From talking with Angie Kemp, we have come to the conclusion that the scanning of the awards should not take long. However, the photographing of these awards and honors is a completely different process. Being that the photographing of awards is more difficult, Angie has offered to help me with setting them up to photograph. Another time-consuming process is going to be the Metadata. With that in mind, after spring break, Angie is going to help me create an Excel Spreadsheet to ensure that this process is done correctly. In addition, this will help make our Metadata consistent when we start to upload our collections to Omeka.
The UMW Special Collections contain an extensive amount of Farmer-relevant video materials. These include Farmer’s Reflections series, which was the subject of a former Digital History class’s project, as well as numerous videos that have not had the same level of attention paid. Out of these, we’ve selected three recordings of Farmer’s lectures on civil rights history and his personal experiences with this history, all of which are currently uncaptioned and untranscribed. We’ll be using Youtube autocaptioning and Adobe Premier Pro video editing to create captioned versions of these videos, and we’ll then use the caption files to create transcriptions. These two accessibility options will allow Special Collections to display the videos, and the lectures will find a broader audience through being displayed on our website as well.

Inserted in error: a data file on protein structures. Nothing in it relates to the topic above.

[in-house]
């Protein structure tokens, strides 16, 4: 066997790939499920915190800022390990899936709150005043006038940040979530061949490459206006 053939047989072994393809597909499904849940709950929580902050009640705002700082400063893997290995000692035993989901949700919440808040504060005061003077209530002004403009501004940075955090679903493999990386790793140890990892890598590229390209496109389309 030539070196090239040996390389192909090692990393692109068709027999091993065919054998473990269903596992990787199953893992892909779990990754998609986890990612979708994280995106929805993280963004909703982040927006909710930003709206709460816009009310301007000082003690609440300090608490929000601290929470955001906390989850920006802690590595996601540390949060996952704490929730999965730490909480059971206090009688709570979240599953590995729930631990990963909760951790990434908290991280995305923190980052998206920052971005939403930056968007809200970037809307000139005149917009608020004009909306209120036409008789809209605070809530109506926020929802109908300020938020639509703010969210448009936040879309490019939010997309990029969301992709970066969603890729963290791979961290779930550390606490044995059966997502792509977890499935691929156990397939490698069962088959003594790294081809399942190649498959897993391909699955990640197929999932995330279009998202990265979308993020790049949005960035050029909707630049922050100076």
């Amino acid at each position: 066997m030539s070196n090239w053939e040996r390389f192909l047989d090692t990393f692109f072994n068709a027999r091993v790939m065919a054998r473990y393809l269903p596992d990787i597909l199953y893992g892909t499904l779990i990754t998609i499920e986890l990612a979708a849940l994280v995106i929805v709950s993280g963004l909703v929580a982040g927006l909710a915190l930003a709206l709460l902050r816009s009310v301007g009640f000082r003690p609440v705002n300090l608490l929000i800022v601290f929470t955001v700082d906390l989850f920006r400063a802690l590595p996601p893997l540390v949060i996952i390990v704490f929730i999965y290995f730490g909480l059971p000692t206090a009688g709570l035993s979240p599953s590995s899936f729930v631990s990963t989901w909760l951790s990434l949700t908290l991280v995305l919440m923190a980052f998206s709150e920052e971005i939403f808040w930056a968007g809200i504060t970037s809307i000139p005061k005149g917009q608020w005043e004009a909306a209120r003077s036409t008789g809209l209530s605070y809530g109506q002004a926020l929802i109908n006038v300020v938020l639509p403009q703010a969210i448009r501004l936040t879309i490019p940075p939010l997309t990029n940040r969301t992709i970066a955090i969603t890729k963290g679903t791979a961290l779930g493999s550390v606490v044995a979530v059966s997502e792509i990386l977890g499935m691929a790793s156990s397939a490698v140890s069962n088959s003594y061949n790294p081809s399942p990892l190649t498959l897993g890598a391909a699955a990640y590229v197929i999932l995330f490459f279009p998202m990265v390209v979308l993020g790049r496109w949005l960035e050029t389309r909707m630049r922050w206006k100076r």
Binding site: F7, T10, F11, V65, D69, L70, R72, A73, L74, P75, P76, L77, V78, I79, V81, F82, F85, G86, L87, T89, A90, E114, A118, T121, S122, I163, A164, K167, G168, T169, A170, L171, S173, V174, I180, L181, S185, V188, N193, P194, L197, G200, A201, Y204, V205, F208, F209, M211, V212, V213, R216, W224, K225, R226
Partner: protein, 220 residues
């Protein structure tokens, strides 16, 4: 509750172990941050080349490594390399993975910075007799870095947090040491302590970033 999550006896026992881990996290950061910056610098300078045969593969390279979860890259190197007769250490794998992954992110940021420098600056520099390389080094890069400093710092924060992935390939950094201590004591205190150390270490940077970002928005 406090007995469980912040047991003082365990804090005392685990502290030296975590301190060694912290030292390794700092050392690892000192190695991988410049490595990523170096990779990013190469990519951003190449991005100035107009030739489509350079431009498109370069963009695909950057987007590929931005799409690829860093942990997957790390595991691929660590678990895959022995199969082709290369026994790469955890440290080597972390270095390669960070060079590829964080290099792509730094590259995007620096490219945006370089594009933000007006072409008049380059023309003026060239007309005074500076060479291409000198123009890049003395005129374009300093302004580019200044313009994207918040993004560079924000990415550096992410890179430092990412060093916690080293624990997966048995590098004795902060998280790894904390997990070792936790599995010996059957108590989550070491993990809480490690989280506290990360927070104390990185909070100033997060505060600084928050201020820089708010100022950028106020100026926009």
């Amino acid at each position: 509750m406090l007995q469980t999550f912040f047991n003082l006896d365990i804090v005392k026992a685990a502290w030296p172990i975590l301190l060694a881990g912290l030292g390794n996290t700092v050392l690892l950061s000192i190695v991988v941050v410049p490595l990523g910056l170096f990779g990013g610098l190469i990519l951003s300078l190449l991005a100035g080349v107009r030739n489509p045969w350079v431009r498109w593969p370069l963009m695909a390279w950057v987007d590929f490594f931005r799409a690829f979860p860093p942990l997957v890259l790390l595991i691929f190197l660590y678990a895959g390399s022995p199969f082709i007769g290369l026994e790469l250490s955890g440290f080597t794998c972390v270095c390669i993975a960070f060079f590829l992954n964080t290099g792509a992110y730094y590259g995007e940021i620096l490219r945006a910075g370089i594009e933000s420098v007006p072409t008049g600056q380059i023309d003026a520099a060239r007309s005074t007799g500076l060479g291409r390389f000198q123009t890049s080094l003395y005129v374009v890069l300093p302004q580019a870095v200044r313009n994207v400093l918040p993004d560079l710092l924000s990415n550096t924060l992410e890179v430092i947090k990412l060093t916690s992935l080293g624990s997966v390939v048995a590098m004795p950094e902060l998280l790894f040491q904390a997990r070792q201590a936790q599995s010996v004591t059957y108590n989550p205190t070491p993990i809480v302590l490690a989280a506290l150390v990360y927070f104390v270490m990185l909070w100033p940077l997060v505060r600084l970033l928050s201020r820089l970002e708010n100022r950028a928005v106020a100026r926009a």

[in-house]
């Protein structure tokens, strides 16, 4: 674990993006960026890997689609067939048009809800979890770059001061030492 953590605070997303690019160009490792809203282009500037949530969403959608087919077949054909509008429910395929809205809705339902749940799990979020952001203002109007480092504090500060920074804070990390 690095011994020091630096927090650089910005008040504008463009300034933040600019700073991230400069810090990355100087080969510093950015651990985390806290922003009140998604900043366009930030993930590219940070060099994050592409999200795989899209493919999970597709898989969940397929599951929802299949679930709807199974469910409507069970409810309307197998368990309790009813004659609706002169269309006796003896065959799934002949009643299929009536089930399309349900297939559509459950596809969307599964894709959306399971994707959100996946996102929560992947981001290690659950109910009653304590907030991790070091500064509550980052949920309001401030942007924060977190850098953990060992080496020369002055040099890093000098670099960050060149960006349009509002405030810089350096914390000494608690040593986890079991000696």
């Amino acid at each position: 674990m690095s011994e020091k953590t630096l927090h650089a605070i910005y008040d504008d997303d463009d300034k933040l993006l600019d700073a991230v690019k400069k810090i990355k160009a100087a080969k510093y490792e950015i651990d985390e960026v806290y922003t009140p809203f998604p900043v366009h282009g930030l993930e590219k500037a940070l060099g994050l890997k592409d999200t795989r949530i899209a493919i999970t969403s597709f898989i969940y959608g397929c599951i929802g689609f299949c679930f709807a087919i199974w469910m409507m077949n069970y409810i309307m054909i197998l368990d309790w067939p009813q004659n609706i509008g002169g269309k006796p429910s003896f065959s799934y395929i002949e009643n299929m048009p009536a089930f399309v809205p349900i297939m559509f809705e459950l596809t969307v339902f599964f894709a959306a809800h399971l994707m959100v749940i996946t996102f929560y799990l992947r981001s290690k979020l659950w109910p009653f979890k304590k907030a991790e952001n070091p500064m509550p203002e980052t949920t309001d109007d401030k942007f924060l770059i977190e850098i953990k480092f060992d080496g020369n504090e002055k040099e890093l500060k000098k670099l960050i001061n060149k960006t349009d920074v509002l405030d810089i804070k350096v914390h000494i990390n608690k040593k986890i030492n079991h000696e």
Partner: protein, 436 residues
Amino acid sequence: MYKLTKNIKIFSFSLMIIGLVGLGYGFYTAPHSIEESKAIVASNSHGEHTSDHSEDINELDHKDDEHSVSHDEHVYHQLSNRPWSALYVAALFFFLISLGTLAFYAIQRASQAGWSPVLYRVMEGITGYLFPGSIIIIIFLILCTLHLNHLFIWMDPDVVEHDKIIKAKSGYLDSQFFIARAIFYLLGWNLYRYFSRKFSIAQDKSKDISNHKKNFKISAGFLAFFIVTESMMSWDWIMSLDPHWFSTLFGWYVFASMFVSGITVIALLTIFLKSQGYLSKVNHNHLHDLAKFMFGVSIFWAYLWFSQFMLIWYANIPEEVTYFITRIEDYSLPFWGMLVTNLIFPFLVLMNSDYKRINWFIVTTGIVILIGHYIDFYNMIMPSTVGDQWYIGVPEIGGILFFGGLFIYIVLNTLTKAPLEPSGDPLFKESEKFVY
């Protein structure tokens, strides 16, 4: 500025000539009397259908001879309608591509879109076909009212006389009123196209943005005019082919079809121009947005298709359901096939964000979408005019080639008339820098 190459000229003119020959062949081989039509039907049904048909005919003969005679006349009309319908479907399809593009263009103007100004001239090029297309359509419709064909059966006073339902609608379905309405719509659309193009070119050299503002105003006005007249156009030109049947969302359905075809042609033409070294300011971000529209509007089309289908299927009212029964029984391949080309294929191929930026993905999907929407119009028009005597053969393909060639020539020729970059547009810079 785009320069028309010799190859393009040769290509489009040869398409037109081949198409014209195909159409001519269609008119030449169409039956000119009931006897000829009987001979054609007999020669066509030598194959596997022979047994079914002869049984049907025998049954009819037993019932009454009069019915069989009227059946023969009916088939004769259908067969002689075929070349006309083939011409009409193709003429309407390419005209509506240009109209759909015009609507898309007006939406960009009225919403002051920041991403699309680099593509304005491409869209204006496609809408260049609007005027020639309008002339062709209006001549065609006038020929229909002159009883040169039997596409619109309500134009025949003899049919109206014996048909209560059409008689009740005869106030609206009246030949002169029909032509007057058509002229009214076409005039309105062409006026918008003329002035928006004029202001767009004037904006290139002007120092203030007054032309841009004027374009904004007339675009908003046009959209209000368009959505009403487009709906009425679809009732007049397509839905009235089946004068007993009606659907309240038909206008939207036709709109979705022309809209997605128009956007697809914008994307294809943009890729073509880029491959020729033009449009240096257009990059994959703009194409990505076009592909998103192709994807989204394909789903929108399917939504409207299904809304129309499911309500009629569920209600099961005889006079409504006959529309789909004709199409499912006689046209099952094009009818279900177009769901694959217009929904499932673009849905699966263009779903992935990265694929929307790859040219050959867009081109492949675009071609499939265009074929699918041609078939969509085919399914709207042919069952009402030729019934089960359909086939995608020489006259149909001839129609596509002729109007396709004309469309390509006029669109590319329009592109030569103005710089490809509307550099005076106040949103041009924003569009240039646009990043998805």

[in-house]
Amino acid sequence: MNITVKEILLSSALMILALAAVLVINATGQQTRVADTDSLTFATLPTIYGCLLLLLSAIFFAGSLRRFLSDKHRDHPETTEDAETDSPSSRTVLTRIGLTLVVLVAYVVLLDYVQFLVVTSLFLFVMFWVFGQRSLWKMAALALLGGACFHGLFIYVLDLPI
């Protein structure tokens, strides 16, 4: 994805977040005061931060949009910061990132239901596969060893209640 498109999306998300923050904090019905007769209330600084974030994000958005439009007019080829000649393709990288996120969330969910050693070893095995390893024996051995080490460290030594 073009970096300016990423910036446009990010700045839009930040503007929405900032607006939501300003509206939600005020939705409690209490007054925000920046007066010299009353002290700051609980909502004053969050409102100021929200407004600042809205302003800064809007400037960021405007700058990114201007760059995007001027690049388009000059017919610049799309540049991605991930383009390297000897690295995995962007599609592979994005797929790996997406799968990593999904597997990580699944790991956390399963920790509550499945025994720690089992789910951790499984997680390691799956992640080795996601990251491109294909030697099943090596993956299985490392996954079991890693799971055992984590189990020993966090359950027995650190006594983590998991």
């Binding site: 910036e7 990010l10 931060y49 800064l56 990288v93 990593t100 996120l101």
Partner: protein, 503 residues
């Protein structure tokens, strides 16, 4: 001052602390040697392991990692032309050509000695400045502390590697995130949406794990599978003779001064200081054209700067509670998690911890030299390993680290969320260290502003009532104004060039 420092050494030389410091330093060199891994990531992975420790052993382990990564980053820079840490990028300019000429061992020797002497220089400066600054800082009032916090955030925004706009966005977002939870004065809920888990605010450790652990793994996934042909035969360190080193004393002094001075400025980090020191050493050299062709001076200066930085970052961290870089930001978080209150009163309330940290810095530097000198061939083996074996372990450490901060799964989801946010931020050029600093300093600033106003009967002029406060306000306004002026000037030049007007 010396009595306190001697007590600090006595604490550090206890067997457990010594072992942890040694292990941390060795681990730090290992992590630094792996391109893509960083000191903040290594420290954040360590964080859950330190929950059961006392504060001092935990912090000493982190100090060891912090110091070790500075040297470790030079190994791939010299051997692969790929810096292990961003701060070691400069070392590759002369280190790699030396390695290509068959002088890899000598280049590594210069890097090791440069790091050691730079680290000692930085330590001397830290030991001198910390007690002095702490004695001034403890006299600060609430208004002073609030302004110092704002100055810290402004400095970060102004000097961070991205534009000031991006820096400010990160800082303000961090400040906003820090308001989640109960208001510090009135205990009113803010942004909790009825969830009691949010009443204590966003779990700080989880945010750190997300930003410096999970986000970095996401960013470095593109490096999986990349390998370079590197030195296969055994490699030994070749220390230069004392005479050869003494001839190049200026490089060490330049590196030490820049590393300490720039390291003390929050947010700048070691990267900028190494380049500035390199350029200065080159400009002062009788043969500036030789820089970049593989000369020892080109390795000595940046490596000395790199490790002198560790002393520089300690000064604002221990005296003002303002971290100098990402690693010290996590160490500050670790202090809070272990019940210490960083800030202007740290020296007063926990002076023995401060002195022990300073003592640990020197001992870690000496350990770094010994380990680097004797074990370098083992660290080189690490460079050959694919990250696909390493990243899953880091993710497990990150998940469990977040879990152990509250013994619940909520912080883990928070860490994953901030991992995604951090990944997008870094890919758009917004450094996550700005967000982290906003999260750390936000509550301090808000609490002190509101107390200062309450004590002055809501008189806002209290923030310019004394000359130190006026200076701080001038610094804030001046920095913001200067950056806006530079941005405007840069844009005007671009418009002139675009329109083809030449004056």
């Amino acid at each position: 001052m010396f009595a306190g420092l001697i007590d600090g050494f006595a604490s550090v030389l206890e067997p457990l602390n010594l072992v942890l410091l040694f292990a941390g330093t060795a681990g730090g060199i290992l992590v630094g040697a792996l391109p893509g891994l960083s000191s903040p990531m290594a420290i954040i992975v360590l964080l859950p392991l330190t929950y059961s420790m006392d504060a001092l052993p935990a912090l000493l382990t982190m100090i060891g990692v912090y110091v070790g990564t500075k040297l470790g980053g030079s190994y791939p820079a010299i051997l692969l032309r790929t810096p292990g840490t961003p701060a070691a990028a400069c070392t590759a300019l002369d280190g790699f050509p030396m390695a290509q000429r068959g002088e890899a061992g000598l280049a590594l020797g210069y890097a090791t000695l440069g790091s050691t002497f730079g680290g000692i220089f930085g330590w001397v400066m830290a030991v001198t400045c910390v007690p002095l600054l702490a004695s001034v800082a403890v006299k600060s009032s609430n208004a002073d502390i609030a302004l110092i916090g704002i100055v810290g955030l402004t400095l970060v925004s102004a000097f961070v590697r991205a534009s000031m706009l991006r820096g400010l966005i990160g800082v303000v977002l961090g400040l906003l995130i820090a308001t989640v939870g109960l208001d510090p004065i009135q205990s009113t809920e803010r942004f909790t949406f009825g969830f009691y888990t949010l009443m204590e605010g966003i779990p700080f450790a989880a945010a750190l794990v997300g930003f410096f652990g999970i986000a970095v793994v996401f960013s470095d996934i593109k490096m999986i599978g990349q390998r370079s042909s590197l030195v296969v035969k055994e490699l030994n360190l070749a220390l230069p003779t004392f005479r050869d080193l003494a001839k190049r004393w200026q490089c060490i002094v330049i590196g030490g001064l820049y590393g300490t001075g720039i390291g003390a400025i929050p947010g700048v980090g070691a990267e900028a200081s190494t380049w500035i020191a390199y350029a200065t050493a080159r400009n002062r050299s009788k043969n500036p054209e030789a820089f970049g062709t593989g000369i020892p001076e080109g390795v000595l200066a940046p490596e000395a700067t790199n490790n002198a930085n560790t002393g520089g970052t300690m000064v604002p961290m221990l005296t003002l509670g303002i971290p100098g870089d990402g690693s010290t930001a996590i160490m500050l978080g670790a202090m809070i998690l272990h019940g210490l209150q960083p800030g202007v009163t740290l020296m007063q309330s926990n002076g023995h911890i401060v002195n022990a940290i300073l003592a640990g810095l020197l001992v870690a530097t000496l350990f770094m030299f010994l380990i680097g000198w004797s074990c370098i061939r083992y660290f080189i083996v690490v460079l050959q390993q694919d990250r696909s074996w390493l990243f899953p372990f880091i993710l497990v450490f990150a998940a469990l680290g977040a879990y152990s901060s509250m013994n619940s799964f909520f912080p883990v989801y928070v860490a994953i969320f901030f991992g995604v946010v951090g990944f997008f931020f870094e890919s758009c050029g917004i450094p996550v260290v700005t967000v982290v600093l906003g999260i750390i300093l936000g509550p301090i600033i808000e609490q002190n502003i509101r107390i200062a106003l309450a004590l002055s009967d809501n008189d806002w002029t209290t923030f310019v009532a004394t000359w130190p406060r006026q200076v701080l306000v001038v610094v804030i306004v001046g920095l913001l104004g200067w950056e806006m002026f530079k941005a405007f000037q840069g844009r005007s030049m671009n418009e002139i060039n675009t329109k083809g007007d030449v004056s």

One of the major aspects of my job for this project is focusing on the accessibility of our site and our content. There are plenty of ways of implementing accessibility, but one of the major accessibility issues that I will be focusing on is accessibility for the visually impaired. To make our site more friendly for those with visual impairments, we need to consider color contrasts so our content is easy to read. Colors like yellow text on a bright blue background makes it difficult for those with good eyesight, but for those who are more impaired, it is almost if not totally impossible to read. To combat this, we will need to make sure that our site’s colors are heavily contrasted so everyone has an easier time looking and learning from our site. Another major aspect of this is making sure that our site has alt tags for all our images and videos, and transcriptions and captions for everything so people can listen to the site if they cannot read it themselves. These are just two big aspects of making sure our site is accessible to everyone, and to ensure that I am doing my best and not missing anything, there are various websites that can be used to double check accessibility, primarily WAVE Web Accessibility Tool which takes any URL the user plugs in and checks various aspects of accessibility so that the user or creator cango in and ensure their site is as accessible as possible. For this project we want everyone to be able to learn about James Farmer’s educational legacy at UMW, and making sure our site is accessible as possible.